So how would I actually determine to graphically show that? So let’s go back in here to the Measurement tab, and I’m going to look at first from 65 to 75nm. So I select that and click on concentration and you can see that the green sample is more concentrated in that range. Alright? But above 75nm it looks like the blue sample, so let’s show that as well. So go from 75 to 400, select that and again click on concentration. And we can see that the blue sample, in this case, has higher concentration than does the green sample.

So you can interactively select any range you want in order to determine the concentration, remembering that the concentration is the integration under the curve for between any two values.

Now in these two particular samples, I happen to know that they were done at different dilution factors. So if I look at my metadata here, you can see the first sample was done 1 to 1000 and the second sample was done 1 to 10,000. So realistically this is not a proper comparison. If I want to compare them properly, I need to scale the second sample by a factor of 10 since it was done at a 10x further dilution. So I just put 10, Selected, and now if I replot, you’re going to see the actual differences here. So these are now at the same relative concentration.

So now if I go and I select the entire range here on both of these samples, you’re going to see that obviously the green sample is much more concentrated, and in fact it’s more concentrated by a factor of about 10.

In the same way as I did before, I’ve gone back and I’ve corrected both of these samples back to stock so you can see that 1013 in a much higher concentration here. And again, I just did that by correcting each individual run for its correction factor.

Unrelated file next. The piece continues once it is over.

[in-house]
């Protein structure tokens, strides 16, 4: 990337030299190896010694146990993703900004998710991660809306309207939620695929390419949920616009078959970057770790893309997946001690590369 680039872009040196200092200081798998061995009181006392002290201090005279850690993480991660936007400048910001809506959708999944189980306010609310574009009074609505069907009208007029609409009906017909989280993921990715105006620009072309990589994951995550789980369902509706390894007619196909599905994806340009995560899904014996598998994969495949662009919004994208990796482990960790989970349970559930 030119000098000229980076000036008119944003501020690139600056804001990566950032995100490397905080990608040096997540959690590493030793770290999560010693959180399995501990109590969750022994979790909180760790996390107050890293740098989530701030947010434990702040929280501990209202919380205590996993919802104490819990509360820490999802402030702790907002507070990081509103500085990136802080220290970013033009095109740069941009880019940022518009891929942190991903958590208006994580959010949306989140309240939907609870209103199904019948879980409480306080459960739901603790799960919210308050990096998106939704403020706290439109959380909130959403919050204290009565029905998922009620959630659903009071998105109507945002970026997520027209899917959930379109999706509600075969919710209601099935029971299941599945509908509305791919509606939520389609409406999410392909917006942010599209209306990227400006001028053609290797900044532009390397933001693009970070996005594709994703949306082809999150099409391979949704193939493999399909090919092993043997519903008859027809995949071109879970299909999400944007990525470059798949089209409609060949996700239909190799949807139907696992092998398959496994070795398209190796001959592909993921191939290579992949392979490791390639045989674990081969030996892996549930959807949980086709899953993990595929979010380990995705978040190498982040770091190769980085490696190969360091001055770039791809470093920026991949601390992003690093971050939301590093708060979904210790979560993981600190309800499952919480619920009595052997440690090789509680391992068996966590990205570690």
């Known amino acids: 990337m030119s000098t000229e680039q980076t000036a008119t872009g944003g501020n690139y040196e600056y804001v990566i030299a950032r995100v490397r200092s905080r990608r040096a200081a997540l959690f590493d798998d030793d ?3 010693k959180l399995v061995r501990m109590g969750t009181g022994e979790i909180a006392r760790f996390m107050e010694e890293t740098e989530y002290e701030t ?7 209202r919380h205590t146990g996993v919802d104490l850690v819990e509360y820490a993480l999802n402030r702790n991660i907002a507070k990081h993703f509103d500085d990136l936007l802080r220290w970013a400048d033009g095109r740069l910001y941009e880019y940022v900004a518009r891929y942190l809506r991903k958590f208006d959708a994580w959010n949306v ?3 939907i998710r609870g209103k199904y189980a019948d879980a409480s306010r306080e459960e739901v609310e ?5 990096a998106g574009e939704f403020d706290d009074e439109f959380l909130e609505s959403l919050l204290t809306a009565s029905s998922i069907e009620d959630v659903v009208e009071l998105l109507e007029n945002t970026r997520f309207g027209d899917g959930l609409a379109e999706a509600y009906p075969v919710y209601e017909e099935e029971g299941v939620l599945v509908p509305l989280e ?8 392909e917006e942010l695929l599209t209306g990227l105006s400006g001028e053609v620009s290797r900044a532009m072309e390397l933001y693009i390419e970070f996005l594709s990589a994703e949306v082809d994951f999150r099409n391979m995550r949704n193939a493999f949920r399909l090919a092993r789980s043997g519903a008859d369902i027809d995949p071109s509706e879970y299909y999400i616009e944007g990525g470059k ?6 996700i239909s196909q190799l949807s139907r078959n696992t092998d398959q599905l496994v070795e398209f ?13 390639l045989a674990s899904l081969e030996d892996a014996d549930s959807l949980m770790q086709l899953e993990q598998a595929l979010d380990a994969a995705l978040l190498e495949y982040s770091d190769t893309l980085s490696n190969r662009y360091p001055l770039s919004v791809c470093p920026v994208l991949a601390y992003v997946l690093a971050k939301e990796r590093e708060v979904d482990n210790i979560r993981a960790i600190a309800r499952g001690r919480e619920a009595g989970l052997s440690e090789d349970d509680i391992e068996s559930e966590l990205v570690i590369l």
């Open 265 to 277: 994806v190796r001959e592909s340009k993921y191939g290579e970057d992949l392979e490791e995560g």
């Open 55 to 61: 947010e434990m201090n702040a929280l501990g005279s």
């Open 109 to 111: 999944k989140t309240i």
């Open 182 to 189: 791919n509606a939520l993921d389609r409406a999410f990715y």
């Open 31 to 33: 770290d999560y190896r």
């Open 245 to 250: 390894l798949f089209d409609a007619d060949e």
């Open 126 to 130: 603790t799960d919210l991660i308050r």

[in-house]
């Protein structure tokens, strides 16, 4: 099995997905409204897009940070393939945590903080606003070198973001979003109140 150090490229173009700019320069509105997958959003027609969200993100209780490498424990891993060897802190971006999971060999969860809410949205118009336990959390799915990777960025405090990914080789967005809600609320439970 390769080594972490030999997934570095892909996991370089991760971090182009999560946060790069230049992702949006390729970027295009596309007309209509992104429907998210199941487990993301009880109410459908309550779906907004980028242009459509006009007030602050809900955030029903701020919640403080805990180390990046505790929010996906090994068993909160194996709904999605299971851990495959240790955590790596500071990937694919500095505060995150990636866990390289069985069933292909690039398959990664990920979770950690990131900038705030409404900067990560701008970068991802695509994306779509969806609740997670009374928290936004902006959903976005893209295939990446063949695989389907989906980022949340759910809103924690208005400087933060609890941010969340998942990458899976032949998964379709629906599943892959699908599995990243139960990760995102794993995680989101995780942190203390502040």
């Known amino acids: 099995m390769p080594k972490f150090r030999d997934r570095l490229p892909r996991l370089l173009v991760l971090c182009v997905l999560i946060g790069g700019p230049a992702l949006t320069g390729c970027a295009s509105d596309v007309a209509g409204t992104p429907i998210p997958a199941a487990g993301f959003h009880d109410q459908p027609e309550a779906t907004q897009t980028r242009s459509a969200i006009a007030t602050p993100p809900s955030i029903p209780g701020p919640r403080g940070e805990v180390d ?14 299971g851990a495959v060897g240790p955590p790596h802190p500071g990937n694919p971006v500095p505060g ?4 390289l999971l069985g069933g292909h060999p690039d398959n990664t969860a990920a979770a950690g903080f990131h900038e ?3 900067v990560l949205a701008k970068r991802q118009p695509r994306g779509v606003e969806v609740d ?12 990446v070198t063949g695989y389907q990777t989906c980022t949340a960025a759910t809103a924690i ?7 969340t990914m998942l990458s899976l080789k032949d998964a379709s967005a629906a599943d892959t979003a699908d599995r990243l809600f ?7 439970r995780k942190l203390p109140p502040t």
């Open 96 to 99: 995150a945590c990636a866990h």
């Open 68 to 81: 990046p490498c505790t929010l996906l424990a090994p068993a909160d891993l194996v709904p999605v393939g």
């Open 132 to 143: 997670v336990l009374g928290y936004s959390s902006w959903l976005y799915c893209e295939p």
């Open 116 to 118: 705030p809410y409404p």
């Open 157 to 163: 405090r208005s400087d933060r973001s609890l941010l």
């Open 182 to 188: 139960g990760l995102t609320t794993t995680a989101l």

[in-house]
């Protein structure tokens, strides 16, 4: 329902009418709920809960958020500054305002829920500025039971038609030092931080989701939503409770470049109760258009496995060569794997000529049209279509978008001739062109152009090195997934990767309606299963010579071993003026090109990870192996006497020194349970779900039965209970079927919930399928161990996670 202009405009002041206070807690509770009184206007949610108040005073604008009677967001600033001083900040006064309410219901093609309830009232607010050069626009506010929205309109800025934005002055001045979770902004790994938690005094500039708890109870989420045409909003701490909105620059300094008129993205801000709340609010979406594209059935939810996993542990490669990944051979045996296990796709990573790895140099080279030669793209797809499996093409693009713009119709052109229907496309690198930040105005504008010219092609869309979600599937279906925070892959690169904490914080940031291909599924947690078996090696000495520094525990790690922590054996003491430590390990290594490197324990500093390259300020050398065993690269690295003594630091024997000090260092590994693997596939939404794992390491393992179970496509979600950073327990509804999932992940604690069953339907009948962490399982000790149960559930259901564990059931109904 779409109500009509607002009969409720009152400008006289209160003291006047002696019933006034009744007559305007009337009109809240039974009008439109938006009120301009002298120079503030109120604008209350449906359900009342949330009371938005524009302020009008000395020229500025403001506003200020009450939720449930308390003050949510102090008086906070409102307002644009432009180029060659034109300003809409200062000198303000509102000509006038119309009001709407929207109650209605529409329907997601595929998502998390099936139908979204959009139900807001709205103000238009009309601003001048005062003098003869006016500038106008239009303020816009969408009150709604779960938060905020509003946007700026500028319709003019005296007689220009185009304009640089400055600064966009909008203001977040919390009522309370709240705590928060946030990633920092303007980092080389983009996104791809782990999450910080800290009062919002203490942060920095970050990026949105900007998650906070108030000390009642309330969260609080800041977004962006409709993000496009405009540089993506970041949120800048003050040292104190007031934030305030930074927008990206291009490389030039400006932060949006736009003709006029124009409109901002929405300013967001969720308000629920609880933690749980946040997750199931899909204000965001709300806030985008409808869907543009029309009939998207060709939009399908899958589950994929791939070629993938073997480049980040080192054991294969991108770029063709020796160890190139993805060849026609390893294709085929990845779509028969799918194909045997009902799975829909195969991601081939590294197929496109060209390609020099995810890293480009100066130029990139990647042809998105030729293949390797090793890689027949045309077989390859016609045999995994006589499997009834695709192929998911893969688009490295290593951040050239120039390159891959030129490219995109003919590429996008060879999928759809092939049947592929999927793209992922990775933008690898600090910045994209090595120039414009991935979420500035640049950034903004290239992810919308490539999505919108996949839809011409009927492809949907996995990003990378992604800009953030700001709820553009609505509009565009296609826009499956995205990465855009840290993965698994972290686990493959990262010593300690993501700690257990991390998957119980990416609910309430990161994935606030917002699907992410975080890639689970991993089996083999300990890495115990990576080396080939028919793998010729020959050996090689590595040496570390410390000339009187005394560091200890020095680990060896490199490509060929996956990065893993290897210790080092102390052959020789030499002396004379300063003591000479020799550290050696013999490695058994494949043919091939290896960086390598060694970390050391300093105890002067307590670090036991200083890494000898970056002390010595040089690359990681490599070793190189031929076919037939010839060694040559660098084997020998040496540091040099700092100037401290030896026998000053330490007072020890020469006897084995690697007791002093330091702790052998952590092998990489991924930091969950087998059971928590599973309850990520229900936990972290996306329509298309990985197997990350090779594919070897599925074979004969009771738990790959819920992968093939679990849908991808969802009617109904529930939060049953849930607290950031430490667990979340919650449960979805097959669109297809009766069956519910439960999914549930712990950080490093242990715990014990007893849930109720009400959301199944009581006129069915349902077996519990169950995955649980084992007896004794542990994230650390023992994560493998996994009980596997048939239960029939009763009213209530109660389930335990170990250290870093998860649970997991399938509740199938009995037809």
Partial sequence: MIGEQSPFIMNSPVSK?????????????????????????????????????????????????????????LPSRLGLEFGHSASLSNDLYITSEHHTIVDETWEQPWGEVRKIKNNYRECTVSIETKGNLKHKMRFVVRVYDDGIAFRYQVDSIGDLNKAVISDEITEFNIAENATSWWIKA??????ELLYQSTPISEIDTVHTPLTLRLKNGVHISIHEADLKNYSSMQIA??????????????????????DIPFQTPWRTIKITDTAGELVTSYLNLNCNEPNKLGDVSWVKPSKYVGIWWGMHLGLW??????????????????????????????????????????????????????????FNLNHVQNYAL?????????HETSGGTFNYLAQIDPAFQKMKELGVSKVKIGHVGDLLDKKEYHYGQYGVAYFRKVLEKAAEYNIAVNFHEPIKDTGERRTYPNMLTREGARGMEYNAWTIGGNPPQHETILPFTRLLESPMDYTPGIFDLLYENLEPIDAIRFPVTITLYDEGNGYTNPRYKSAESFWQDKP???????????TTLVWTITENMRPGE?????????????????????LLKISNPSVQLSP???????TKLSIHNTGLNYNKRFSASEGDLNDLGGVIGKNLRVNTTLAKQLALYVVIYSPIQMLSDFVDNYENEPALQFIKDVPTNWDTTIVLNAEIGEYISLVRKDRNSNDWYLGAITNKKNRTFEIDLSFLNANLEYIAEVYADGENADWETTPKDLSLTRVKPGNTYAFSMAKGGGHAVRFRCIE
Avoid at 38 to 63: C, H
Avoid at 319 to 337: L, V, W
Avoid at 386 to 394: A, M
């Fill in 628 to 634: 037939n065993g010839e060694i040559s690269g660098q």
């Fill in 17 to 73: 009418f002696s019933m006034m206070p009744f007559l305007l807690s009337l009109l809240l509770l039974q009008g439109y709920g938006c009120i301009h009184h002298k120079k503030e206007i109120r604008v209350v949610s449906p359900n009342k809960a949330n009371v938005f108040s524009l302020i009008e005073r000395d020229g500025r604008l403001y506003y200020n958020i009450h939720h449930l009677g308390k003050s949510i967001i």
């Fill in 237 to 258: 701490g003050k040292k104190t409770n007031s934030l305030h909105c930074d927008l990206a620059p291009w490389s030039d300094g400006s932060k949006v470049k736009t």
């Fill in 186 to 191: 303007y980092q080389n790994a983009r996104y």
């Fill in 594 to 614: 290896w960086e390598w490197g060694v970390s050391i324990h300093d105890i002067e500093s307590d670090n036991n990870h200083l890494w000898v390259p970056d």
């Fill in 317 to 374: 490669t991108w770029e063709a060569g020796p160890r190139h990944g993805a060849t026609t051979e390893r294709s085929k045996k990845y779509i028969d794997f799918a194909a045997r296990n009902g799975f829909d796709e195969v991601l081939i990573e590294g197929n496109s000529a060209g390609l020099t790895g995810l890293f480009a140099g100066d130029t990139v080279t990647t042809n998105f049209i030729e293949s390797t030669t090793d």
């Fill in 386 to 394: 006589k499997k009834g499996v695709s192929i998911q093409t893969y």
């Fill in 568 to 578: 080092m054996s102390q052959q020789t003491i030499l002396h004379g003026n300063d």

So now what happens if I want to output this data in some form that I can look at in say Excel? I simply go to the Data Output tab, and in this case I’m going to do a size distribution data. And the software gives me the ability to bin it however I want to and to use number or volume weighting. So for this demonstration I’m just going to do equal bins of 10nm and I’m going to do number.

So I just say export and I’m going to put this on the desktop and I will save this as “test 1”. And now it’s exporting the report. It’s complete and if I go to my desktop I can open that file.

And you can see that there are two tabs here. The first is the metadata for each individual run and the 2nd is the actual distribution data. And again I’ve binned it in 10 nanometer bins here. OK, so now that’s in Excel and I can do whatever I want with it.

If I’m interested in looking at particular ranges, I can do what’s called a range report. And to do that, I simply go into this form, and I’m going to do ranges of about 50. So I’m going to say from 50 to 100 and I’m going to add another range of 100 to 150. I’ll add another range of 150 to 200, and if I want to save any kind of thing like this, I can save these so that I can reuse these. I don’t have to input these every time, but let’s just go ahead and export this report.

Again I’ll put it on the desktop and we’ll call it “test 2”. Export complete and let’s bring it up.

So here is “test 2” and you can see basically for each run that I’ve got the concentration from 50 to 100, 100 to 150, 150 to 200. So I can make any sort of report on concentration ranges like this of interest and I can save it and reuse it later.

So I’ve shown you a few of the ways that we can measure concentration inside the nCS1 software. I hope this was informative and please stay tuned to our website for more videos as we publish them. Thanks very much!